A website for Native American veterans to participate in traditional talking circles and tell stories with trusted elders. An app that locks a gun safe for a preset time or requires a second person’s approval to open it. A virtual reality headset for veterans on both sides of the justice system – guards and inmates – to use when stressed or depressed.
These are just some of the 30 veteran suicide prevention proposals that were on display Friday at an office building in Washington, D.C., as finalists in the Department of Veterans Affairs’ Mission Daybreak competition pitched their cases to the judges hoping to win. up to $3 million and make their idea a reality.
“There’s not one that hasn’t impressed me, and there are several that really approach issues from a unique perspective,” Matthew Miller, VA suicide prevention director, said in an interview with Military.com during Mission Daybreak Demo Day. “I have seen unique perspectives on lethal means and firearms safety. I have seen unique perspectives and plans applied to the Navajo Nation and Native veterans, unique risk prediction applications and integration of biometrics. So exactly what it was intended to do, lots of ideas put together into blueprints that could be applicable to VA.”
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The VA launched Mission Daybreak earlier this year in an effort to seek new perspectives and innovative ideas to combat the suicide epidemic, which, despite declining rates in recent years, still kills thousands of veterans. every year.
The contest has a total of $20 million up for grabs. The 30 finalists have already won $250,000 each, and 10 other entries that didn’t make it to the final won “Promise Awards” of $100,000 each.
Among the finalists, two will take home the first prize of $3 million, three runners-up will win $1 million and five third will receive $500,000.
The department announced the finalists last month, after which the proposals entered a “speed-up” phase to be polished before Demo Day. Demo Day isn’t the only factor in determining the winner, but it gave finalists the opportunity to pitch to the judges in person, as well as meet and pitch their ideas to other managers and members of the Interested VA and Pentagon congressmen, among others.
In a setup similar to a school science fair, each finalist on Friday had a table full of videos and posters or other props while judges with clipboards walked over to each and heard the pitches.
One of the finalists is Televeda, a web application proposal where Native Americans can participate in a support group that incorporates their traditions and rituals. Their table was sparse, with just a small woven table runner and an arrowhead, but they seemed to generate great interest from those who stopped by.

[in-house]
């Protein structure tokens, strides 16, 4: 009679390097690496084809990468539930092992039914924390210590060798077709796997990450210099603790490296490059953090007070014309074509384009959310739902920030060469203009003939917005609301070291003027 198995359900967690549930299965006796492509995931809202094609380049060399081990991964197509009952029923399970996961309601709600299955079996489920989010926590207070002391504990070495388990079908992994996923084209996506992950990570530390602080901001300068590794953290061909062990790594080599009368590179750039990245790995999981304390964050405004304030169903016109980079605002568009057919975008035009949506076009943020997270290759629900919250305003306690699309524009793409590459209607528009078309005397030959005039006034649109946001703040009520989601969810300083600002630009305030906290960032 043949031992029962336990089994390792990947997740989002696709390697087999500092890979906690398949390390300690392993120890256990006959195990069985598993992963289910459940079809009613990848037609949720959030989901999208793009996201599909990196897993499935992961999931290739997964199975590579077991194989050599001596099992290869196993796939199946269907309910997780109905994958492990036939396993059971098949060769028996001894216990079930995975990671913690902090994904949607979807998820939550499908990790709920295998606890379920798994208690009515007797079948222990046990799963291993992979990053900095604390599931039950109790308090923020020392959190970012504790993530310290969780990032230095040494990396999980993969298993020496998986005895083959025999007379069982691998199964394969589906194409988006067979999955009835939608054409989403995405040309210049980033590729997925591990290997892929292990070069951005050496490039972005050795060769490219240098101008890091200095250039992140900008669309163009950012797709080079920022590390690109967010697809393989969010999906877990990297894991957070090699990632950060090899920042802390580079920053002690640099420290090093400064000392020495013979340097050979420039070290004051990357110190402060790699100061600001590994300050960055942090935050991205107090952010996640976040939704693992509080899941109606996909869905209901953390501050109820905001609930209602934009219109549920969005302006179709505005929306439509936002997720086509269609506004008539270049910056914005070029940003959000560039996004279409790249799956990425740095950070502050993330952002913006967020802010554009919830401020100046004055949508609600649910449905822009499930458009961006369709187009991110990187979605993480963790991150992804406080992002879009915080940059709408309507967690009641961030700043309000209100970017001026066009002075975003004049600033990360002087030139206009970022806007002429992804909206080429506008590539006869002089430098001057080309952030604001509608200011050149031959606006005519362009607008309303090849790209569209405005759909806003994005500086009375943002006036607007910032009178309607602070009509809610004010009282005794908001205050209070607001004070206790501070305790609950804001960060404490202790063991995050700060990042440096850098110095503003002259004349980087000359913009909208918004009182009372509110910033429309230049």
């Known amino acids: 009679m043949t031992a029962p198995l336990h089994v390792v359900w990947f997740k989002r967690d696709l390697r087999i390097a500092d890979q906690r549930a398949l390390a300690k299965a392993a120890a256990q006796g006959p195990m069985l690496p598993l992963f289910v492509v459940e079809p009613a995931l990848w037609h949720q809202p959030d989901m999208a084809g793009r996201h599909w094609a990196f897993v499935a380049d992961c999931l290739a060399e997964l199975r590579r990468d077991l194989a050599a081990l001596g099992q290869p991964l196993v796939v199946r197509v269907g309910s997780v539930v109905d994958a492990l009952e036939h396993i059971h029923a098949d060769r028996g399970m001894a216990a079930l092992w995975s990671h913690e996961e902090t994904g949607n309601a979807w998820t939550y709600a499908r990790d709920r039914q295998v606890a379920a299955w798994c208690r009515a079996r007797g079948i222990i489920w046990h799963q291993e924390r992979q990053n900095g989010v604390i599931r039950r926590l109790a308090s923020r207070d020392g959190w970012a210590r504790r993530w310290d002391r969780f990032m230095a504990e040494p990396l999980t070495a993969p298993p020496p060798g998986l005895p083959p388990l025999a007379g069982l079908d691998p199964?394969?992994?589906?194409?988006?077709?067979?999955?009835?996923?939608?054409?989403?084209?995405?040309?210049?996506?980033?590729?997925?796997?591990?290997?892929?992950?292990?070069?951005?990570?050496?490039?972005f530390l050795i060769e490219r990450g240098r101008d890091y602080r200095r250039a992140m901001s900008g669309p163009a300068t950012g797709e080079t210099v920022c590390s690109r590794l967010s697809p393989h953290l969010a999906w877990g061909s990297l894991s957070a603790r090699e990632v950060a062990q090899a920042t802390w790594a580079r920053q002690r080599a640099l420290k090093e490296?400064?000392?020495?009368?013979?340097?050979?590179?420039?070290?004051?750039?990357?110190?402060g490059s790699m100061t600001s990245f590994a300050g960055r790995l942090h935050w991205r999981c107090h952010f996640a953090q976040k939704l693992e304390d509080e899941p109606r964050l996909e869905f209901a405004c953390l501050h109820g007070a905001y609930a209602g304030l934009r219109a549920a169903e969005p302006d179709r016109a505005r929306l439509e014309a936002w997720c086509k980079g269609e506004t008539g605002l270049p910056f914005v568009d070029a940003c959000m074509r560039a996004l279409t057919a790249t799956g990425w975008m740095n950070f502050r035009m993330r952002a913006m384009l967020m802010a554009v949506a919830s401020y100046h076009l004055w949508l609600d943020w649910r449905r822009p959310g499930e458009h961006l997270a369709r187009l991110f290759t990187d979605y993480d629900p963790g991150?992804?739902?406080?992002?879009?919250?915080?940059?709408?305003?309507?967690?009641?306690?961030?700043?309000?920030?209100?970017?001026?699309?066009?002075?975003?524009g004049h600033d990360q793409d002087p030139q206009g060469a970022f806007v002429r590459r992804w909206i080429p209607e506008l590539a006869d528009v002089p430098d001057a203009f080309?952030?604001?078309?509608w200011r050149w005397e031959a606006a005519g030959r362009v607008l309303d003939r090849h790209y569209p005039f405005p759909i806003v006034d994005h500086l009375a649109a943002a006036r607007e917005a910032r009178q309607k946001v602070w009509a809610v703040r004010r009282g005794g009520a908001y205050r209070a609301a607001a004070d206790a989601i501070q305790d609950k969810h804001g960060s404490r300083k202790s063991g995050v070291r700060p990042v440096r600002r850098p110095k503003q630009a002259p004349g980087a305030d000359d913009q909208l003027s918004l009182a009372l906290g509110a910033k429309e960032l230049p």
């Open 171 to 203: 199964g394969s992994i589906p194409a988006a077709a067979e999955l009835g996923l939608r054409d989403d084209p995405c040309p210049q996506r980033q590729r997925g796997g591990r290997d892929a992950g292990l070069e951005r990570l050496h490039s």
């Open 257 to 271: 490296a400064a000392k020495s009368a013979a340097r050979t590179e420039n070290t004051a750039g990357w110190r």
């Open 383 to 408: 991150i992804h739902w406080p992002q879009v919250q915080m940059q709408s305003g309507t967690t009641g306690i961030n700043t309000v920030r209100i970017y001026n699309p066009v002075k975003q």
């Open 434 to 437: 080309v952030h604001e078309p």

In addition to having few mental health resources that recognize their culture, Native Americans have unique challenges that contribute to a higher suicide rate than the general veteran population, including historical trauma, said Mayank Mishra, co-founder and chief technology officer of Televeda.
“Any other professional… who studies this population has always come to the same conclusion: please incorporate their traditional practices and culture,” Mishra said. “However, this stuff ends as a sentiment or a white paper, so we hope to present here the first operational plan, which is scalable and includes a culturally appropriate web interface and a method that can be applied tribe by -tribe using agnostic symbols like storytelling and talking circles.”
Several proposals also addressed gun security, including Vara Safety, which started as a gun security company that relied on biometrics to access the safe and has now developed an app where users who know they are in distress can keep the safe locked for a set amount. of time. The app also allows users to enable bipartisan approval for opening the vault, as well as a feature that will send happy photos and videos of loved ones to display on the vault when it is open.
There was also the Overwatch Project, which seeks to train veterans to talk to their veteran friends about gun safety. They lured Demo Day attendees to their table with a unique hashtag: “JustFKNAsk.”
“It’s basically the ‘Friends Don’t Let Friends Drive Drunk’ model except instead of booze and cars, we’re talking about guns and suicide,” said Casey Woods, executive director of Overwatch Project. “So if you have a buddy who’s struggling, while you’re here to support them, help them, [you can ask] what’s going on with their guns, can you keep them, can you secure them?”
Other projects on display Friday included BioMojo, which is developing a virtual reality program for prison guards and inmates who are veterans who can provide them with an AI therapist or a friendly face for talking or calming situations; Same Grain, which functions as a social networking site or dating app to connect veterans with things in common to support each other or veterans with therapists and other professionals; and Team DSS, which uses AI to help veteran crisis line responders interpret callers’ emotions and intentions.
The judges will now digest what they saw on Demo Day, and the winners should be announced by the end of the month. Whether and when any of the winners will then be brought into the VA will depend on the contracting processes, Miller said.
“During the last two years of available data, [which] did not include Mission Daybreak type of interventions, we saw about a 10% reduction in veteran suicides,” Miller said. ideas.”
The 30 finalists who were on display can be found here.
— Rebecca Kheel can be contacted at email@example.com. Follow her on Twitter @reporterkheel.
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